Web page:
Podcast’s Essential Bites:
[0:15] PS: "The Better Meat Co. is an ingredients company based in Sacramento that really is formed for the purpose of helping to reduce humanity's footprint on the planet. [...] Despite the fact that it's commonly known now that meat production is a leading contributor to deforestation, climate change, wildlife extinction, pandemic risk, and more, meat demand continues to go up, not down. [...] Can we divorce the meat experience from animals?"
[1:59] PS: "We use a very special kind of microscopic fungi. [...] From the moment we inoculate our fermenter to the time we harvest our fermenter, we are spending less than a single day to get delicious, succulent mycelium, the root like structure of fungi. And what we can do is essentially create a great meat experience for very little money. And so we can actually have a meat replacement that's cost effective, very convincing to the average meat consumer, and really nutritious."
[3:59] PS: "There are thousands of fungi species out there, and they all have different properties. And what we're doing is creating a very meat-like experience through a whole food that is grown through fermentation, where the product has more protein than eggs and more iron than beef. It's really a superfood."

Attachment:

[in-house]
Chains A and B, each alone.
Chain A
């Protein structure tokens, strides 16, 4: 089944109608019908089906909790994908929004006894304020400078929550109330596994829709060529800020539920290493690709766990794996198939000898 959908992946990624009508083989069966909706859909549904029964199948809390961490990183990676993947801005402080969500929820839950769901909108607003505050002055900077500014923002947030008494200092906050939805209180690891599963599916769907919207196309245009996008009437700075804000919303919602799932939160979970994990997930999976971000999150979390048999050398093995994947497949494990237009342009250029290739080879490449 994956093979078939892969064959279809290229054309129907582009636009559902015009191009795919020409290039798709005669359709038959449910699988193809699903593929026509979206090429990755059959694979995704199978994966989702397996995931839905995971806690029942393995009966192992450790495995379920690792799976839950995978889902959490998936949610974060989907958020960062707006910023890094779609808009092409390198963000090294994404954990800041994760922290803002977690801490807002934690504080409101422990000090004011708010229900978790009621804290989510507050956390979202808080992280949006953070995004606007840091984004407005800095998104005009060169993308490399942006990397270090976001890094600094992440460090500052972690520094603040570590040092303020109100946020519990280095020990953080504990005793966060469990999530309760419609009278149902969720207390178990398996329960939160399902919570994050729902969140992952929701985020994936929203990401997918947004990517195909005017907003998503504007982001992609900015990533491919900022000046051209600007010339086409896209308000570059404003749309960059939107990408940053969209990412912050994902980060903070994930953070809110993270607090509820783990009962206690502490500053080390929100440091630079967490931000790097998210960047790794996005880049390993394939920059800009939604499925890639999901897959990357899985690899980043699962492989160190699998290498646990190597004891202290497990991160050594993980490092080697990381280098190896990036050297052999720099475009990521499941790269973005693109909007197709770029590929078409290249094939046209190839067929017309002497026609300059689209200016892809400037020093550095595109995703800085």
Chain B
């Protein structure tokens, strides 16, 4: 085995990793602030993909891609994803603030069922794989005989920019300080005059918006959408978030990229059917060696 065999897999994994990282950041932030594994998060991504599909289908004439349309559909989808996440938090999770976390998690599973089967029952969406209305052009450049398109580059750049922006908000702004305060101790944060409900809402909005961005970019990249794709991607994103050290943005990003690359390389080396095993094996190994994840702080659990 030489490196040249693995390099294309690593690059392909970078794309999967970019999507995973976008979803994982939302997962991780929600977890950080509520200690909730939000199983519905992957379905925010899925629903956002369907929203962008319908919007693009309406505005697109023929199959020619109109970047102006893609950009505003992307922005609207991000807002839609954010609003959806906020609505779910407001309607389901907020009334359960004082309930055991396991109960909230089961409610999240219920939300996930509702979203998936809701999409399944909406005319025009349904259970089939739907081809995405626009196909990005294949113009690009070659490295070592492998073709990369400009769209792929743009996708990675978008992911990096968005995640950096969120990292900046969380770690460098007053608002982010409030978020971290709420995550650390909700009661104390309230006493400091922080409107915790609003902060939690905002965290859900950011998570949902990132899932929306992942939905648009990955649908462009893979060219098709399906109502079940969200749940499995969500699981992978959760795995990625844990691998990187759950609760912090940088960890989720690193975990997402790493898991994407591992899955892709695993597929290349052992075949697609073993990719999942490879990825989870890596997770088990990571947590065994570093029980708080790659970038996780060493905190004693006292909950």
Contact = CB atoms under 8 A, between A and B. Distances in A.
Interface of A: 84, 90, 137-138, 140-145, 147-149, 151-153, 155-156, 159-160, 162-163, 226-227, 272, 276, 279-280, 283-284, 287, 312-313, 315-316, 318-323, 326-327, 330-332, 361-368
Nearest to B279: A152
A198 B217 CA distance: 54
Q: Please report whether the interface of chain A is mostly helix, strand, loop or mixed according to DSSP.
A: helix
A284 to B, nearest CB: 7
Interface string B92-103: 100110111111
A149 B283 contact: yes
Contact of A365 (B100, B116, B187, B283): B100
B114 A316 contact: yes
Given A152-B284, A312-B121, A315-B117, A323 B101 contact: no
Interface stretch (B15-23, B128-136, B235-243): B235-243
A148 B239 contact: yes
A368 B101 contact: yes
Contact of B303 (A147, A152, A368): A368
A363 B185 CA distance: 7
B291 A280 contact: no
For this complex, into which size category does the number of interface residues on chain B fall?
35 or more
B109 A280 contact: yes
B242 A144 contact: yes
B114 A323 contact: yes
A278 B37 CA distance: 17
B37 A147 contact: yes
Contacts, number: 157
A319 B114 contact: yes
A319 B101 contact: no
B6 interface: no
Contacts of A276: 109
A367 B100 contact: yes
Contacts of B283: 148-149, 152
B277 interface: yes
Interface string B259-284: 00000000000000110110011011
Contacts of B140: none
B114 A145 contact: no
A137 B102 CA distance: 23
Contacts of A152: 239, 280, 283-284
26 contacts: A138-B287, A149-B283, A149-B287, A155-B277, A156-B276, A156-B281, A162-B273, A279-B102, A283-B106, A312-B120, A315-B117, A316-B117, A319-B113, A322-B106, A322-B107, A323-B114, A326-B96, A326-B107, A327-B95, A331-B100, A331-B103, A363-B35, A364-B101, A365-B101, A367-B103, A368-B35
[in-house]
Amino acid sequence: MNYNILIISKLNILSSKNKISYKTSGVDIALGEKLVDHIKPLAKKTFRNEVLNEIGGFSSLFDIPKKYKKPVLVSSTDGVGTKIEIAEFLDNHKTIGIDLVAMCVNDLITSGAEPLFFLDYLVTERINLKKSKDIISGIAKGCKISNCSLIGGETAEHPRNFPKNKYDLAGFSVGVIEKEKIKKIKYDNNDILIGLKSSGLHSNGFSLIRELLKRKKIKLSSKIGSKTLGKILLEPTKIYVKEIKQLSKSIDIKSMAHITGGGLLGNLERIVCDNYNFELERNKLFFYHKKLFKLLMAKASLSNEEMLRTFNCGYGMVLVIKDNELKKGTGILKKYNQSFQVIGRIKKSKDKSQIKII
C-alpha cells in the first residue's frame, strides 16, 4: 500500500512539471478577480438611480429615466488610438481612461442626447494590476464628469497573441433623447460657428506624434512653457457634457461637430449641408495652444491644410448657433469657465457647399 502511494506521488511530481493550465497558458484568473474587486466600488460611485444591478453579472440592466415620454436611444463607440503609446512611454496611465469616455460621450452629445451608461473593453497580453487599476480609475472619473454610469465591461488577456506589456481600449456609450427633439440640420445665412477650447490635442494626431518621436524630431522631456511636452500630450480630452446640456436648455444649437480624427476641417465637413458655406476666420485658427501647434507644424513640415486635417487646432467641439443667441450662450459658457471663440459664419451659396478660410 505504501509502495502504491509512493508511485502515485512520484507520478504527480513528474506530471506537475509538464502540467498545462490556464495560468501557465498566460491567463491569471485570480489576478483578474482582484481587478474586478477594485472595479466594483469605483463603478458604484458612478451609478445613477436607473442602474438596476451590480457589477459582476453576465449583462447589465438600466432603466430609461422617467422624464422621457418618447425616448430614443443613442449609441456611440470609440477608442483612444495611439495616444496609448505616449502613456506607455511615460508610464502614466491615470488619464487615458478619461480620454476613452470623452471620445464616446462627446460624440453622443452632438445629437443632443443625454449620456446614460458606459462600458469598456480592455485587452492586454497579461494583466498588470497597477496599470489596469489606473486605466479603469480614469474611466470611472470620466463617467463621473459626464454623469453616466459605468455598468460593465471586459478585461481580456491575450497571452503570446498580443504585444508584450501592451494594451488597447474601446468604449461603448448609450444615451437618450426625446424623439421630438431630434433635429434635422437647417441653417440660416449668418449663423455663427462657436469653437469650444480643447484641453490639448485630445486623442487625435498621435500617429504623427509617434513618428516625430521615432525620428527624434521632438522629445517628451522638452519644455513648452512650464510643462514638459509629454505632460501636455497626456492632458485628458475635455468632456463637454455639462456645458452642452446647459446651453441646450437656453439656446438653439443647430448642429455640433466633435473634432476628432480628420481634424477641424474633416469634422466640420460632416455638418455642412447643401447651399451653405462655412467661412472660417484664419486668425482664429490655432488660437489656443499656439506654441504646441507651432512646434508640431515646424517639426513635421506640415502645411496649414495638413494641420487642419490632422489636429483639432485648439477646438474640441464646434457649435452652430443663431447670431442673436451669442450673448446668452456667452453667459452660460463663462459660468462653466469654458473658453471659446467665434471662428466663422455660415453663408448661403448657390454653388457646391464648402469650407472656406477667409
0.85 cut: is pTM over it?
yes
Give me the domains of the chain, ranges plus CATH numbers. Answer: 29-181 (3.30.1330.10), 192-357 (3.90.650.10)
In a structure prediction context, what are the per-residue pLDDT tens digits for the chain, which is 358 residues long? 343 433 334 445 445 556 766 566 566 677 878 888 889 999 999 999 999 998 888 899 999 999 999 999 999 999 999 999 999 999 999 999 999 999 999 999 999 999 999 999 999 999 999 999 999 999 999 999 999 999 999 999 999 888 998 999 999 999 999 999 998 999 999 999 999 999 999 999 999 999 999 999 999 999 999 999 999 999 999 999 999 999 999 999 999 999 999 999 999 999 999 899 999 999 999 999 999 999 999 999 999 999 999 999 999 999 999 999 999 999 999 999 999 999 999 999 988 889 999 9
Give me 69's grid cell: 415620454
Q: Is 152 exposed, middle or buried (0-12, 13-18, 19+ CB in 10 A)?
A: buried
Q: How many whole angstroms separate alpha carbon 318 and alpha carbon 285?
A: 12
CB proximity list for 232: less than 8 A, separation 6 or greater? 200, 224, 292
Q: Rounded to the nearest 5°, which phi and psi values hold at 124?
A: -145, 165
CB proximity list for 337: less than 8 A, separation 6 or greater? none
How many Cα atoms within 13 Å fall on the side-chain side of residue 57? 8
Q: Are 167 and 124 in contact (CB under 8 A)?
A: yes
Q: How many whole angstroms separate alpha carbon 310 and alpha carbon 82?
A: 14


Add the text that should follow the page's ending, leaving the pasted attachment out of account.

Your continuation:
[4:52] PS: "We have always had the North Star of creating a way to satiate humanity's meat tooth without animals. So as an ingredients company, we are partnered with big meat companies like Perdue Farms, where we sell them ingredients, and they can cut down on the number of chickens they use. [...] That enables them to make hybrid products. So these are products that are half plant based and half chicken."
[11:28] PS: "Microbes are [our] animals, and they are way more efficient than animals. So with a cow, you might need 25 calories in to get one calorie out. However, with fermentation you're talking about way better ratios, down to like three to one. So basically, this is going to be way better than animal meat from a climate perspective."
[31:02] PS: "The food industry spends nearly no money on R&D compared to what you see in the tech space. [...] You see companies having budgets of around 30% for R&D basically. Whereas in the food industry it's like single digit percent."